. Accessed October 1, 2016. References How to read a vitamin label (back). Nature Made. Available at: http://www.naturemade.com/~/media/Images/NatureMade/PDF/Health%20Care%2 0Professionals/HCP%20Updates%20042315/PID5231%20How%20to%20Read%20 a%20Vitamin%20Label%20Insert_Back_FNL.ashx . Accessed October 1, 2016. Navarro V et al. Hepatology. 2016 Sep 27. doi: 10.1002/hep.28813. [Epub ahead of print] Clarke TC, Black LI, Stussman BJ, et al. Trends in the use of complementary health approaches among adults: United States, 2002-2012. Natl Health Stat Report. 2015 Feb 10;(79):1-16.
PL Detail-Document, Look-Alike, Sound-Alike Supplements. Pharmacists Letter/Prescribers Letter. September 2015. PL Detail-Document, Omega-3 Fatty Acids. Pharmacists Letter/Prescribers Letter. August 2012. Clegg DO, et al. Glucosamine, chondroitin sulfate, and the two in combination for painful knee osteoarthritis. N Engl J Med. 2006 Feb 23;354(8):795-808. References PL Detail-Document, Tips for Dietary Supplement Users. Pharmacists Letter/Prescribers Letter. December 2015. Saper RB. Common dietary supplements for weight loss. Am Fam Physician. 2004 Nov 1;70(9):1731-8. PL Self-Study Course. Natural medicines in the clinical management of benign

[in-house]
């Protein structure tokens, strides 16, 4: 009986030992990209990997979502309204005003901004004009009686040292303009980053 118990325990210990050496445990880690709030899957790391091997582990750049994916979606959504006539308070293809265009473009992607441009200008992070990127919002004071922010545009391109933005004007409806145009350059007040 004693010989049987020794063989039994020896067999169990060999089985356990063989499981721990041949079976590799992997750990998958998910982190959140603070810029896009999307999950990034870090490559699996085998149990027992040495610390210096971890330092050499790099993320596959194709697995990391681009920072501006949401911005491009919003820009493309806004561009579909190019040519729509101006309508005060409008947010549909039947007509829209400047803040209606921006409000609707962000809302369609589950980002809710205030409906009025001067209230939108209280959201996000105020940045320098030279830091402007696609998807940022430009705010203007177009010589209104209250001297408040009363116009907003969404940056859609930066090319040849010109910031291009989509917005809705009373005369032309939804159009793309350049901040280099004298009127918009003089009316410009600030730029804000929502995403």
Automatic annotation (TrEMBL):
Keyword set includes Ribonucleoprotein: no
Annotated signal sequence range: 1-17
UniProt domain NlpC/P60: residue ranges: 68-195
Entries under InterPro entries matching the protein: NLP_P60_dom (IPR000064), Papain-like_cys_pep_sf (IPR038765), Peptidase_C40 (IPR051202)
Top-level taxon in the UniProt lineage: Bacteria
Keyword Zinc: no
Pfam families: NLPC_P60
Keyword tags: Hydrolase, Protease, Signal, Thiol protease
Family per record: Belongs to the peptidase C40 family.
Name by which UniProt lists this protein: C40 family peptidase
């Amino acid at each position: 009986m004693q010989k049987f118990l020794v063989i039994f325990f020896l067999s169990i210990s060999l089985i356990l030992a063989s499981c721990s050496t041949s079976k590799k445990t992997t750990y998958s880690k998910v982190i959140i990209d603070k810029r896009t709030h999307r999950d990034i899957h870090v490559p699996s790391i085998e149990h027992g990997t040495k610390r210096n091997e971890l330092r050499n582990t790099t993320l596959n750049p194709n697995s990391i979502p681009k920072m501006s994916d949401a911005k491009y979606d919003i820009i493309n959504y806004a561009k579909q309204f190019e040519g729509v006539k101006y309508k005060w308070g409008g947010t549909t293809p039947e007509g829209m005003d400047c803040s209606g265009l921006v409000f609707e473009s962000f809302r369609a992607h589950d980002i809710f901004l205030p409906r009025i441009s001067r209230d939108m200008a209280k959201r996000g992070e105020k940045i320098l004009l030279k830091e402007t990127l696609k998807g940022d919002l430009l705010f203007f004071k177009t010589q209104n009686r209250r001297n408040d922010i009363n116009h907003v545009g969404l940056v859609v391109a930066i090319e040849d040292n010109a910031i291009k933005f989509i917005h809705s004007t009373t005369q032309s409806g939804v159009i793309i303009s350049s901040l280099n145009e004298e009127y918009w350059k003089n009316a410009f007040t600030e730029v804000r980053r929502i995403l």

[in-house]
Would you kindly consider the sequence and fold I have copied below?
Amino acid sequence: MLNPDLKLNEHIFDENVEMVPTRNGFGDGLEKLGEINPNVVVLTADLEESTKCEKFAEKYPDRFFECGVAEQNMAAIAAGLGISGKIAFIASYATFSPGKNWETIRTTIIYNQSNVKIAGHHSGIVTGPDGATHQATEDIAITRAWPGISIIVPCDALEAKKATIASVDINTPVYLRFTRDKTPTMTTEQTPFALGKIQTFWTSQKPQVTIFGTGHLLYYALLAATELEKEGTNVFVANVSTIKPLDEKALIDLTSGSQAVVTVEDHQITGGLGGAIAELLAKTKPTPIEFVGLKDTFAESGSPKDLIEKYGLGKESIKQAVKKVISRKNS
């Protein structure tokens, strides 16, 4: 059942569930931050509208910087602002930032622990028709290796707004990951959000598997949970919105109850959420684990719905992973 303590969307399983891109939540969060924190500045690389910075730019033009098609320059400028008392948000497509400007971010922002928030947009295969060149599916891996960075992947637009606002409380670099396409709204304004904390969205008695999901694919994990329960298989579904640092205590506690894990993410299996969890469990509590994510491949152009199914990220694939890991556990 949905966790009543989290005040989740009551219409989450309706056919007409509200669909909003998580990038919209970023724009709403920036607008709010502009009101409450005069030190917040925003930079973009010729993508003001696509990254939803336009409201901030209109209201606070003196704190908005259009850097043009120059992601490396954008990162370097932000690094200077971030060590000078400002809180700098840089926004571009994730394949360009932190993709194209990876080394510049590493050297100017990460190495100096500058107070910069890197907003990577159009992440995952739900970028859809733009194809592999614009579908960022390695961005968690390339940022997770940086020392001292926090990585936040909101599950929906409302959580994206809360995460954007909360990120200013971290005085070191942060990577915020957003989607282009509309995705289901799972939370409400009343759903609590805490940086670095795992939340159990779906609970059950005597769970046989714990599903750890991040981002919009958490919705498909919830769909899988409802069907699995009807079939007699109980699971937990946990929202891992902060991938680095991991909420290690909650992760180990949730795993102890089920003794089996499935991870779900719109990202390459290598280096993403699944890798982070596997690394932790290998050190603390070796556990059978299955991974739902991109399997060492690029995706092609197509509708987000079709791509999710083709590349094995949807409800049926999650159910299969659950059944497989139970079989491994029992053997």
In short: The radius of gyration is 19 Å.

prostatic hyperplasia. 2010;10(102). Rickert ED. Legal and regulatory issues in self-care pharmacy practice. In: Krinksy DL, Ferreri SP, eds. Handbook of Nonprescription Drugs: An interactive approach to self-care, 18th ed. Washington, DC: American Pharmacists Association: 2015. Tsourounis C, Dennehy C. Introduction to dietary supplements. . In: Krinksy DL, Ferreri SP, eds. Handbook of Nonprescription Drugs: An interactive approach to self-care, 18th ed. Washington, DC: American Pharmacists Association: 2015. his program is made possible with the support o